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Thermal Conductivity of Carbon Nanotubes

Jianwei Che*, Tahir Cagin, and William A. Goddard III

California Institute of Technology, Materials and Process Simulation Center, and Division of Chemistry and Chemical Engineering
Pasadena, CA 91125 USA

This is an abstract for a presentation given at the
Seventh Foresight Conference on Molecular Nanotechnology.
The full article is available at


Electronic structure and transport properties of carbon nanotubes are of particular interest due to their potential use as components in nano electronics applications [1-5].

Emerging need for decrease in device size, the use of molecular level theories in device design and modeling becomes more and more important. One particular issue needs to be addressed in nanoelectronics device modeling is the thermal transport properties of the components. Hence, the study of the thermal conductivity of nanotubes and its dependence on structure, defects, and strain is of critical importance. The anisotropic character of the thermal conductivity of the graphite crystal is naturally reflected in the carbon nanotubes. For the large diameter carbon nanotubes, it resembles to the behavior of planar graphite sheet. However, when the tube diameter decreases, the change from 2 dimensional planar structure to a quasi 1-dimensional tube plays a crucial role in the thermal conductivity. At the same time, the smaller diameter nanotubes have large strains due to increased curvature in contrast to the large diameter nanotubes. This particular strain effect can also explain the differences in thermal conductivity of small diamter nanotube and planar graphite.

We employed a newly modified empirical potential to carry out the calculation of the thermal transport properties for carbon nanotubes [6]. The effects of the structural defects, the tube size, the tube chirality, and chemical impurities on these quasi 1-dimensional systems are also studied. As a comparison, we also present how the impurities and defects affect the thermal properties in 3 dimensional crystal structures.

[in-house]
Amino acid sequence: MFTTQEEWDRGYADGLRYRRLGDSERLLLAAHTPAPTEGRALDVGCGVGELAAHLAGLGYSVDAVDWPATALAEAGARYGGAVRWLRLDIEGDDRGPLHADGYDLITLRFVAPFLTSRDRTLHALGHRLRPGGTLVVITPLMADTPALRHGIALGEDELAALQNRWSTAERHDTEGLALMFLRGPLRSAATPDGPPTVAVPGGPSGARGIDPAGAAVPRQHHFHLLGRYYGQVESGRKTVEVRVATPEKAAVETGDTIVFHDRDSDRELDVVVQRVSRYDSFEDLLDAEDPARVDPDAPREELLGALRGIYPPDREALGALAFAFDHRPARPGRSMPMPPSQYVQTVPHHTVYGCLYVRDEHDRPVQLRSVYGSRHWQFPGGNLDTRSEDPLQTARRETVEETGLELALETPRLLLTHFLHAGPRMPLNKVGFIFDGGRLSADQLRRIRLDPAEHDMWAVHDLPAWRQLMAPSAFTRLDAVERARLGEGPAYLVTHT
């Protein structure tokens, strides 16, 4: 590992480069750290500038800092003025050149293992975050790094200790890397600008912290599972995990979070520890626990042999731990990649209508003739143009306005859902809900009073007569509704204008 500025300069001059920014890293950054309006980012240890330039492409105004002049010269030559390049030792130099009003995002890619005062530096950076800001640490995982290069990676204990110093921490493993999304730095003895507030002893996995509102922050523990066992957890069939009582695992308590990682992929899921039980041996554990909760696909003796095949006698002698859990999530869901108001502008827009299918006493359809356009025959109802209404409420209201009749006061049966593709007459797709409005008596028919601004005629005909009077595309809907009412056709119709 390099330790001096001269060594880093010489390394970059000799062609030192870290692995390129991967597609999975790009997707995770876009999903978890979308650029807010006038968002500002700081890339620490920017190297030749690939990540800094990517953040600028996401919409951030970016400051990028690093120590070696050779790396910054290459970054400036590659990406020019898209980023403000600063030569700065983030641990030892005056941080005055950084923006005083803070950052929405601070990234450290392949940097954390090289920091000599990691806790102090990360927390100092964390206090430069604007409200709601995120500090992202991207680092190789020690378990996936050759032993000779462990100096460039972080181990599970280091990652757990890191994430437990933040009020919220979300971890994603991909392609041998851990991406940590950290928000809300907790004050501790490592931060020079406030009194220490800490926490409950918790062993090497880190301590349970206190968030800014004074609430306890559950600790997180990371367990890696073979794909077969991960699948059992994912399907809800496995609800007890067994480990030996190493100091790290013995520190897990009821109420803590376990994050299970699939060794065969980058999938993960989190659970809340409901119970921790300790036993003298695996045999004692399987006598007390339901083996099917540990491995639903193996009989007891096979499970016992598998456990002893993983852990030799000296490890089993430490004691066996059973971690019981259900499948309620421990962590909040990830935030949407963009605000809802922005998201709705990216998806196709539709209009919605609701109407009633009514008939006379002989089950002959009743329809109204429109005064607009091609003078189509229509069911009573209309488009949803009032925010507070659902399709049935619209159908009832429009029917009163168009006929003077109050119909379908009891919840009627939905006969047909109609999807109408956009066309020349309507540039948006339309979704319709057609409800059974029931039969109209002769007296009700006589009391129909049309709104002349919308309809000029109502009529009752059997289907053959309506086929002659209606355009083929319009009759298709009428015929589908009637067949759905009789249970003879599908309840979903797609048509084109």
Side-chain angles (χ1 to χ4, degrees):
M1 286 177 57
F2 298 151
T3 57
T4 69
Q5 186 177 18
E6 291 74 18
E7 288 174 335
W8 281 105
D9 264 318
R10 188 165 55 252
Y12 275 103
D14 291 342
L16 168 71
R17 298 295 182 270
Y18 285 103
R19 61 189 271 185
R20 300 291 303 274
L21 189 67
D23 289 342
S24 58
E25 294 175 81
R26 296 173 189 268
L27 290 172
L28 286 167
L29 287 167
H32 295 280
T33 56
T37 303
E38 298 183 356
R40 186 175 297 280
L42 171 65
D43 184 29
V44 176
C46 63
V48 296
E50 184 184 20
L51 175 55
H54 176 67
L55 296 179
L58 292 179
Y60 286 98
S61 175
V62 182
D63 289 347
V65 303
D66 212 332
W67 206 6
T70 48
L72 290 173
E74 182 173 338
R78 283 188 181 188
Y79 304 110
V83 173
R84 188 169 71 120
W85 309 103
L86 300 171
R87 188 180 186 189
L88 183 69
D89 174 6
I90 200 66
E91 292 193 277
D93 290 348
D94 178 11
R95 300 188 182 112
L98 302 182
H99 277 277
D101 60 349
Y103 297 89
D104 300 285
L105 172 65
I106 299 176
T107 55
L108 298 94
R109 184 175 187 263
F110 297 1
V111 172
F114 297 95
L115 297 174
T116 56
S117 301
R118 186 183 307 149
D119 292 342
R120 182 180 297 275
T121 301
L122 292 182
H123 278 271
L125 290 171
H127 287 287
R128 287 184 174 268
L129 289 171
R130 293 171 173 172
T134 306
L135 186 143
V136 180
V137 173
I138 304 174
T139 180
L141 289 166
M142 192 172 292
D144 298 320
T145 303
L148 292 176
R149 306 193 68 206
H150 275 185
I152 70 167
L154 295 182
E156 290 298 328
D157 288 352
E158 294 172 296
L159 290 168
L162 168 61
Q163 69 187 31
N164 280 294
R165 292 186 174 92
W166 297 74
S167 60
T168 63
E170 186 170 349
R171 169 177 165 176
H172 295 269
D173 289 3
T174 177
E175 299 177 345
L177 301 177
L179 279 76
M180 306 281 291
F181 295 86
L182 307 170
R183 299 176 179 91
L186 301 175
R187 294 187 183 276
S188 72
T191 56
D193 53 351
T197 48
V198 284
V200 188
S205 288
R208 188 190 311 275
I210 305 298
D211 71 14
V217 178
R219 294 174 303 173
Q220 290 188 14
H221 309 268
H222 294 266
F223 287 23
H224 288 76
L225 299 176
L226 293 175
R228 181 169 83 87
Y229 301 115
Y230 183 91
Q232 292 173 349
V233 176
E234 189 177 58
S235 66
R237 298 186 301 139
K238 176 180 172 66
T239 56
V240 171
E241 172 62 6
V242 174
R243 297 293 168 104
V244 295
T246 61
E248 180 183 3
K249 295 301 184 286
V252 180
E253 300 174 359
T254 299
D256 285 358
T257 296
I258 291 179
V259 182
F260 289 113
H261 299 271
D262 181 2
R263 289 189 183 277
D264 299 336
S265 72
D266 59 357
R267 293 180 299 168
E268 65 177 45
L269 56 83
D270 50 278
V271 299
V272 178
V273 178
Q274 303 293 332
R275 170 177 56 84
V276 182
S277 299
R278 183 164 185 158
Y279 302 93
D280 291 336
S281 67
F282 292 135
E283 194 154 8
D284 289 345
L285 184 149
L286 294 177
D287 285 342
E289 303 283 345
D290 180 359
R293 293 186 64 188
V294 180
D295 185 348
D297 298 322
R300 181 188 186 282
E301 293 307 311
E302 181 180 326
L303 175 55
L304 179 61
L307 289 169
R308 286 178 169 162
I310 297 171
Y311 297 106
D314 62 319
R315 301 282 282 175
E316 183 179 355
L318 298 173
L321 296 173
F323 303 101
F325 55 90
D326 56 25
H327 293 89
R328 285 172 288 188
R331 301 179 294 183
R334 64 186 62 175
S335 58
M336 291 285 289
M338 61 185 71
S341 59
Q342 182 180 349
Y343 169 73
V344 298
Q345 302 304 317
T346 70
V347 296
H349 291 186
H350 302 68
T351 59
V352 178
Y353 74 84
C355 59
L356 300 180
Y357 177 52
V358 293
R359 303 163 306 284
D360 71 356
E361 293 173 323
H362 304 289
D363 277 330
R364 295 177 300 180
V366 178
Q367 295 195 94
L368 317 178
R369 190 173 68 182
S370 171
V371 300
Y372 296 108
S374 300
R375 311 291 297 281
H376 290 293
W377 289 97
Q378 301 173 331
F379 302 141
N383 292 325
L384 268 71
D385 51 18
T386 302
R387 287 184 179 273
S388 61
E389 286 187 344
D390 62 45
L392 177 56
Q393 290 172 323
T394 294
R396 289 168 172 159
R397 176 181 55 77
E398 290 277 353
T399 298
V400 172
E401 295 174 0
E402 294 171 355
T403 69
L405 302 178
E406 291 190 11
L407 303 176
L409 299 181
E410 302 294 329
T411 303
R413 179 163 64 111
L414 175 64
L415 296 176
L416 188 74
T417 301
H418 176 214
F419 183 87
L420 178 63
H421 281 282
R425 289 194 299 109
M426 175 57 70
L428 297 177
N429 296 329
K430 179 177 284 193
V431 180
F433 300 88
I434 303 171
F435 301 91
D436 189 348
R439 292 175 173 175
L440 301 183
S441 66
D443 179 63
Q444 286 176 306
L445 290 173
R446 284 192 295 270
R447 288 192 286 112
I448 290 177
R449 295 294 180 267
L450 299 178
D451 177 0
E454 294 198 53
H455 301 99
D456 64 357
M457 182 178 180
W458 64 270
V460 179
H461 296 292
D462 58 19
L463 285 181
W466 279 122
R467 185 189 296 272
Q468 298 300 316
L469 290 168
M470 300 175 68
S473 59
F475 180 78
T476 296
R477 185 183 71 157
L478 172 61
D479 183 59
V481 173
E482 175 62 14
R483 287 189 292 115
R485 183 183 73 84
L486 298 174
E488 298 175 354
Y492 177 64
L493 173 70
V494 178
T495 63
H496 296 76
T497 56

1. Chico L, Crespi VH, Benedict LX, et. al. "Pure carbon nanoscale devices: Nanotube heterojunctions" Phys. Rev. Lett. 76, 971 (1996)
  2. Tans SJ, Verschueren ARM, Dekker C. "Room-temperature transistor based on a single carbon nanotube,"
  3. Langer L, Bayot V, Grivei E, et al. "Quantum transport in a multiwalled carbon nanotube," Phys. Rev. Lett. 76, 479 (1996)
  4. Ebbesen TW, Lezec HJ, Hiura H, et al. "Electrical conductivity of individual carbon nanotubes," Nature 382, 54 (1996).
  5. Pichler T, Knupfer M, Golden MS, et al. "Localized and delocalized electronic states in single-wall carbon nanotubes," Phys. Rev. Lett. 80, 4729 (1998)
  6. Che J, Cagin T, and Goddard, III, WA "Extension of Bond Order Dependent Potentials to include Long Range Interactions," Theo. Chem. Acct. (in press).

*Corresponding Address:
Jianwei Che
California Institute of Technology, Materials and Process Simulation Center
Pasadena, CA 91125 USA
Phone: 626 395 2723; Fax: 626 585 0918
E-mail:; Web:


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